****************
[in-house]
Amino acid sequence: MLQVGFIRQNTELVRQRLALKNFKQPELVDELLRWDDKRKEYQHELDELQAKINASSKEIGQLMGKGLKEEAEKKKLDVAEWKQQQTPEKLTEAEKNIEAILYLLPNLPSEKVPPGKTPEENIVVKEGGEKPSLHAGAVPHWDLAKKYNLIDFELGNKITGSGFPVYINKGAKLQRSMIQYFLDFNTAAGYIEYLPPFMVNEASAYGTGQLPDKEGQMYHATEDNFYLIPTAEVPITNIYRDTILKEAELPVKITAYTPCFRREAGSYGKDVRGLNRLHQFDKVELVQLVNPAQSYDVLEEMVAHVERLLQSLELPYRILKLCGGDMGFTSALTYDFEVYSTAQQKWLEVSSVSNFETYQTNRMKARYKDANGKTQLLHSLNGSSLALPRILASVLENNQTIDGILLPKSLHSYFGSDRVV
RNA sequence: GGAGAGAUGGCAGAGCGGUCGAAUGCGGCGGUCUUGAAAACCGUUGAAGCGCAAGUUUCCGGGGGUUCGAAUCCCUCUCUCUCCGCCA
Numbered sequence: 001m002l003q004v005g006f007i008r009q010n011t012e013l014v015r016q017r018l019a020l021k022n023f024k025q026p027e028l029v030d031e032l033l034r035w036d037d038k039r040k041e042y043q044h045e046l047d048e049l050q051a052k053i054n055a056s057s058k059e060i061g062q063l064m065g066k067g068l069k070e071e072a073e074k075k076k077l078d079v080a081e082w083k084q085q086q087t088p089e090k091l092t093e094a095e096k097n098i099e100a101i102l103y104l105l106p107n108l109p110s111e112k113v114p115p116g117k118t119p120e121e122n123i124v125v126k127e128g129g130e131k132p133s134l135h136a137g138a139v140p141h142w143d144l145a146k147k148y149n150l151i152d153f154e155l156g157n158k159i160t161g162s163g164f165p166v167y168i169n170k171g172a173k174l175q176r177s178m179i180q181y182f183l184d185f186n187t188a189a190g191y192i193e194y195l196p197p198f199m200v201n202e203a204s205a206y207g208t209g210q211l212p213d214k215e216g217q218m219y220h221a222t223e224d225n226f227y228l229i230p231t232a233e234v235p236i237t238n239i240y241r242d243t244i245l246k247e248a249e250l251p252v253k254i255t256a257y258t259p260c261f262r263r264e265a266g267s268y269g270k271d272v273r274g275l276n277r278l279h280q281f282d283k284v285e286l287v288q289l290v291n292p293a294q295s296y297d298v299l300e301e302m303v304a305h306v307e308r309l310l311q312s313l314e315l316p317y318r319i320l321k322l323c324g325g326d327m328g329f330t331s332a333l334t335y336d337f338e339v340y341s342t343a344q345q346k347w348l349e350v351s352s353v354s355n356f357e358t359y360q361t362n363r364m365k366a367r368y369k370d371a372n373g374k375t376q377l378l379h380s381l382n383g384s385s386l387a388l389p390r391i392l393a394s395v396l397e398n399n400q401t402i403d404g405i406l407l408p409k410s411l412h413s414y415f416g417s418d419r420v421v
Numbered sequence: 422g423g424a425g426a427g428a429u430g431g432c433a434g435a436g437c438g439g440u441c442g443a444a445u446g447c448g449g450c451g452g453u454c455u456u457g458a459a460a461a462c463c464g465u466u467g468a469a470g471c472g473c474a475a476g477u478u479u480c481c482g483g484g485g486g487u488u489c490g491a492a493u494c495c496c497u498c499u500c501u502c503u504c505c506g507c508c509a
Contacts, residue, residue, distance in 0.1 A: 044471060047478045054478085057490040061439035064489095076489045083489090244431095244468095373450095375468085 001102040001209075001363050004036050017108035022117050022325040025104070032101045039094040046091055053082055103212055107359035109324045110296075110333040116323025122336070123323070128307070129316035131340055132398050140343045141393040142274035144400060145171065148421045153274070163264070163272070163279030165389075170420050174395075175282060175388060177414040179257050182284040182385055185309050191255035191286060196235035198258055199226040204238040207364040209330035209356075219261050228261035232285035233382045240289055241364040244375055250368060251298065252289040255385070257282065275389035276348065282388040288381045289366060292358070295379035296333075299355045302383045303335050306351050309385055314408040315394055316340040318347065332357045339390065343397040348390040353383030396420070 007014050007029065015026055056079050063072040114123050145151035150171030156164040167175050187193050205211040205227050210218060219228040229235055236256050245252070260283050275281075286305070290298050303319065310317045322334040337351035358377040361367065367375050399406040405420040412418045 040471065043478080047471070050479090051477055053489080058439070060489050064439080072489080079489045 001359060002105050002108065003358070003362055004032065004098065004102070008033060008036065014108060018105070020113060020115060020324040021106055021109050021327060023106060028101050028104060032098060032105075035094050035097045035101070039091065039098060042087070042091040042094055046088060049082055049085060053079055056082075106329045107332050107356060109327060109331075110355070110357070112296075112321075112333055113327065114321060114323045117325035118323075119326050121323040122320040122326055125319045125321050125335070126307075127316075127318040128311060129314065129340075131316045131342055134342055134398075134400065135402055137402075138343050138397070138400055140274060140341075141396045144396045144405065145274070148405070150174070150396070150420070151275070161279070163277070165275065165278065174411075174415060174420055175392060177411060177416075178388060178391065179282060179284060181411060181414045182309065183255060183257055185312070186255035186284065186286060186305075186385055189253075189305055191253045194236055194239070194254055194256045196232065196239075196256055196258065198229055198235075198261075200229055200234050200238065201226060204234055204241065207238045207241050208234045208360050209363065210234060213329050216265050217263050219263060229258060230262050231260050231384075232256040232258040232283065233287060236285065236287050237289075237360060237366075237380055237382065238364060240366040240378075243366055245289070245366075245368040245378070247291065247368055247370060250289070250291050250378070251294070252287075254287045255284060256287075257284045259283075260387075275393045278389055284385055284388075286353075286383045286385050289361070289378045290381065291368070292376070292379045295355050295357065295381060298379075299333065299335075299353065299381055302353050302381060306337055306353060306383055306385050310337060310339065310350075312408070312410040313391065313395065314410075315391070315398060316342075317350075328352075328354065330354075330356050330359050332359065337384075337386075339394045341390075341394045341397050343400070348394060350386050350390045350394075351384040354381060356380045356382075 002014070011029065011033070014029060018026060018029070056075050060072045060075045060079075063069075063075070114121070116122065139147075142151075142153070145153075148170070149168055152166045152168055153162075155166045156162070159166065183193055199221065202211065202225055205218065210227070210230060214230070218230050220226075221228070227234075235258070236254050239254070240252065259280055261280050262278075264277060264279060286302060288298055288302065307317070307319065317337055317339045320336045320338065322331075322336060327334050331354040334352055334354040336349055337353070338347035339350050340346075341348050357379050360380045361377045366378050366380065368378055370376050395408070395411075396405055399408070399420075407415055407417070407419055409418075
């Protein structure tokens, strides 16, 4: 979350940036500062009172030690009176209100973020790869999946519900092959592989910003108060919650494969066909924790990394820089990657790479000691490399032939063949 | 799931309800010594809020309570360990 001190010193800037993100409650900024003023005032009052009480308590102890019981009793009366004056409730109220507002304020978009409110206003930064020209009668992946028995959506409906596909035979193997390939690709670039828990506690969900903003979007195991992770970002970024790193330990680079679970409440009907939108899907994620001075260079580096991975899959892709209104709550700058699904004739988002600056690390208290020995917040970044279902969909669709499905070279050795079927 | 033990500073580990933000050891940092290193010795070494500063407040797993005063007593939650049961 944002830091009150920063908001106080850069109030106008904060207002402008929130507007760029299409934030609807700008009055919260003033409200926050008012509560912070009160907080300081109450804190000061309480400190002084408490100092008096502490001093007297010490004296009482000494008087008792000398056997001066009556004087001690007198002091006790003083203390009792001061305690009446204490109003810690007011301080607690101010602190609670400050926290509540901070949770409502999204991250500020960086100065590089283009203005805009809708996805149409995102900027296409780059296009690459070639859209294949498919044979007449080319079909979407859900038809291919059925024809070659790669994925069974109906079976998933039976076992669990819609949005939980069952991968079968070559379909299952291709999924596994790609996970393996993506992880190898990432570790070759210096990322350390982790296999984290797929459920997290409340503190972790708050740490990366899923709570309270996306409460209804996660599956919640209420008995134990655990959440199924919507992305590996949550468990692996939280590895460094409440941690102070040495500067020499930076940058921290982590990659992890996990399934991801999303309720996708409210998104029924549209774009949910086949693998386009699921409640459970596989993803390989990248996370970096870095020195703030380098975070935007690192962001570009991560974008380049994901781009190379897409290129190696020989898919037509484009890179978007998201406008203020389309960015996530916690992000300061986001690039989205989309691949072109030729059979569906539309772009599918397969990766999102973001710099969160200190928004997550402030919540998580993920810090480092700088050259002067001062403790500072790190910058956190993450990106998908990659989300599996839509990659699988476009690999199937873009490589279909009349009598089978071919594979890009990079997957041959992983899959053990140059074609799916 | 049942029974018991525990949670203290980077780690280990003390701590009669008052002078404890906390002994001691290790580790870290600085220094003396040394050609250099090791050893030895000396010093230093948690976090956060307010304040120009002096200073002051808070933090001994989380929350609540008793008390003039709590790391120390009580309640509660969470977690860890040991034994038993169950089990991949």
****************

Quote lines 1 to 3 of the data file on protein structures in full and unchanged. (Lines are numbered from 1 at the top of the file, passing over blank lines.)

[in-house]
Amino acid sequence: MLQVGFIRQNTELVRQRLALKNFKQPELVDELLRWDDKRKEYQHELDELQAKINASSKEIGQLMGKGLKEEAEKKKLDVAEWKQQQTPEKLTEAEKNIEAILYLLPNLPSEKVPPGKTPEENIVVKEGGEKPSLHAGAVPHWDLAKKYNLIDFELGNKITGSGFPVYINKGAKLQRSMIQYFLDFNTAAGYIEYLPPFMVNEASAYGTGQLPDKEGQMYHATEDNFYLIPTAEVPITNIYRDTILKEAELPVKITAYTPCFRREAGSYGKDVRGLNRLHQFDKVELVQLVNPAQSYDVLEEMVAHVERLLQSLELPYRILKLCGGDMGFTSALTYDFEVYSTAQQKWLEVSSVSNFETYQTNRMKARYKDANGKTQLLHSLNGSSLALPRILASVLENNQTIDGILLPKSLHSYFGSDRVV
RNA sequence: GGAGAGAUGGCAGAGCGGUCGAAUGCGGCGGUCUUGAAAACCGUUGAAGCGCAAGUUUCCGGGGGUUCGAAUCCCUCUCUCUCCGCCA